A clean-shaven Nick Offerman kicked off the 27th annual PEN Center USA Literary Awards, held Friday night at the Beverly Wilshire Hotel, with a nod to the nonprofit's defense of free speech and "the importance it places on the freedom for artists to express themselves."
To wit: Should he or anyone else care to refer to the president of the United States as "an incompetent, degenerate boob" or "a cartoon slug made of Cheeto dust," Offerman deadpanned, "PEN Center will fight for your ability to do so."
Few honorees took him up on it, but that's not to say the evening lacked color: The rounds of rousing acceptance speeches embodied the inspiring work for which the festival's authors and journalists were honored. Even the "Parks and Recreation" star seemed genuinely in awe of the talent in the room, which included a number of women recognized in what feels like a cultural moment attuned to the importance of exercising — and acknowledging — their voices.
Presenting Margaret Atwood the Lifetime Achievement Award, Cecile Richards, president and chief executive of Planned Parenthood, quoted another Margaret — Margaret Sanger — before calling Atwood to the podium: "No woman can call herself free who does not own and control her body." With "The Handmaid's Tale" and its commentary on reproductive rights having reentered the zeitgeist so prominently, the confluence of these two women together onstage was a highlight.
For her part, Atwood underscored the necessity of PEN's work defending freedom of expression in what she called an unprecedented time in the United States. "Democracy is best served by an open and scrupulous conversation," said the Canadian author, a longtime PEN activist, inviting the audience to consider, speak up and take part. "What is the world we live in?" she asked. "What is the world we want to live in?"
Richards and Atwood received a standing ovation; a number of journalists also brought the room to its feet. Chelsea Handler (or, "Kellyanne Conway," as she joked from the stage) presented New York Times reporters Megan Twohey, Jodi Kantor, Emily Steel, Michael Schmidt and Katie Benner the Freedom to Write Award for their culture-shifting reporting on sexual harassment.
Twohey, who co-wrote the New York Times story on the Harvey Weinstein scandal, said in a prerecorded speech that shifting the cultural conversation had been a reward in itself. She was bolstered "to see the ripple effect…that there were women who took to social media under the 'me too' hashtag to describe their personal experience with harassment and sexual assault."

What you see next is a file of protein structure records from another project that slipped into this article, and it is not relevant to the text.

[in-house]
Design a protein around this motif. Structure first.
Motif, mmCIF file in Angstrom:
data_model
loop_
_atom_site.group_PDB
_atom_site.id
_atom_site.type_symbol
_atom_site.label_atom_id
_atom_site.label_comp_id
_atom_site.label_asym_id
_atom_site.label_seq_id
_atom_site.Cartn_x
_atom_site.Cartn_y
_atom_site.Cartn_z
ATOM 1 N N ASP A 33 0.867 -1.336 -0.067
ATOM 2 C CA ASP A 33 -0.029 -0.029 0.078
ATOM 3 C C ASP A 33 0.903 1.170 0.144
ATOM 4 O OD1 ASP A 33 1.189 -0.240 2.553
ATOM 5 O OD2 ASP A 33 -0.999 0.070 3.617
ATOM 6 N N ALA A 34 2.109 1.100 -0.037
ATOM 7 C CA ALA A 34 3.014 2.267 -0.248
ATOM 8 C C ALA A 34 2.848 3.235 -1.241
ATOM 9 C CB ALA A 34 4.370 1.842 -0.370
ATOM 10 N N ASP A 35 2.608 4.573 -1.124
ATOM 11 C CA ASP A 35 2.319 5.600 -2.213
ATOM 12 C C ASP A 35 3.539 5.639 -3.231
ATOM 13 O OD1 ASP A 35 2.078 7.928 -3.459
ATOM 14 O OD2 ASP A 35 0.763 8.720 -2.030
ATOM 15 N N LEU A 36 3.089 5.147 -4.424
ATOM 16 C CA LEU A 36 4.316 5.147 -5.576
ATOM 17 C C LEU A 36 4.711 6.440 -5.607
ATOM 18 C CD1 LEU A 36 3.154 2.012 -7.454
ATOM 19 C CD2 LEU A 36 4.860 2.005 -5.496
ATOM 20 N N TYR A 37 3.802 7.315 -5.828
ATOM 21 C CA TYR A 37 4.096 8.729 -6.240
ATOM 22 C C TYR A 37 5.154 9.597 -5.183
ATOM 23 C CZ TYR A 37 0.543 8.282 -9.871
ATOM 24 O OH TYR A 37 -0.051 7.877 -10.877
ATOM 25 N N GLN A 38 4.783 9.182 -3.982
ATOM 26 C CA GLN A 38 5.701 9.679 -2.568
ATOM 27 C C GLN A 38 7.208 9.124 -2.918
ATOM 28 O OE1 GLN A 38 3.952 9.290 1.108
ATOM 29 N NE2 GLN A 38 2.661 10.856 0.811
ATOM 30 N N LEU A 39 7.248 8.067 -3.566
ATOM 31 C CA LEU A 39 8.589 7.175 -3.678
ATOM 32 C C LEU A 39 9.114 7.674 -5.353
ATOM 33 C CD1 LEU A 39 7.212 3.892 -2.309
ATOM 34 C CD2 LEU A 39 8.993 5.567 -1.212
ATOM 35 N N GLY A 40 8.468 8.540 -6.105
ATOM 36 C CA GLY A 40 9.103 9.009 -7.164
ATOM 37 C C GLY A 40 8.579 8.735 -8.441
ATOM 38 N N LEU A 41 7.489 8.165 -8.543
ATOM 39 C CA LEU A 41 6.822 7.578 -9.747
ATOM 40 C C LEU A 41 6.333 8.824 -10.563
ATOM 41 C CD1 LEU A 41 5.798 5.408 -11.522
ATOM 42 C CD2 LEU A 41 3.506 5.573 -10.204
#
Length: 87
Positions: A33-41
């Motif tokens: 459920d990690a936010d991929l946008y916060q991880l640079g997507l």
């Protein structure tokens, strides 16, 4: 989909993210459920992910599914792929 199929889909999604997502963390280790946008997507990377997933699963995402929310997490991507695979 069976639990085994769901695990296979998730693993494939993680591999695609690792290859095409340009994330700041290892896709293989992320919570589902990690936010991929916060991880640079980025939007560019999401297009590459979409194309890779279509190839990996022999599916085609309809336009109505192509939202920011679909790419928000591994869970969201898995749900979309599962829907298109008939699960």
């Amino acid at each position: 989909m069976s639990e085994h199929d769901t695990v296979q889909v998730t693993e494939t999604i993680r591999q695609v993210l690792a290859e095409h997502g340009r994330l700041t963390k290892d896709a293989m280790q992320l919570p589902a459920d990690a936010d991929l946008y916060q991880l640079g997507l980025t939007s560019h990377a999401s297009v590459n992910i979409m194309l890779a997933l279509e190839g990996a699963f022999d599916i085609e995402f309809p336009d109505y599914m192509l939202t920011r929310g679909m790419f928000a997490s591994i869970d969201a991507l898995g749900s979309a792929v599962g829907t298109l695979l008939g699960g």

Personal experience is the foundation of memoir, and at age 34, author and transgender rights activist Janet Mock has written two, "Redefining Realness" and "Surpassing Certainty." Sophia Amoruso, chief executive and founder of Girlboss, presented Mock PEN's Award of Honor, which she received as "an affirmation."
Mock described storytelling as a place of refuge from bullies during her youth in Honolulu and the significance of discovering authors like Zora Neale Hurston and Maya Angelou. Mock championed girls and women believing their own stories and mustering the courage to share them as a revolutionary act. Holding her award, she said, "let this be a reminder that you are worthy."
Solmaz Sharif took the award in poetry for her debut collection, "Look"; her speech was galvanizing enough to prompt a "you rock!" shouted from the audience. In "Look," Sharif repurposed military language for intimate, personal scenes: "I wrote 'Look' because the first casualty of war is language."
Sharif thanked her parents for teaching her that "what you say might cost you your life and you better get on with it anyway" and she used PEN's platform as "an occasion for a vow…to be a bane to this republic." She added, to rueful laughter, "I will be counting on PEN Center USA to bail me out."
Literary award winners included Martin Pousson's "Black Sheep Boy" for fiction, Paul Kalanithi's "When Breath Becomes Air" for creative nonfiction, Elizabeth Letts' "The Perfect Horse" for research nonfiction and Stacey Lee's "Outrun the Moon" for young adult literature. That final category had only three finalists after John Smelcer's "Stealing Indians" was withdrawn after reports that he misrepresented himself as Native American.
The translation winner was Kareem James Abu-Zeid for “Confessions” by Rabee Jaber, a novel of the war in Lebanon.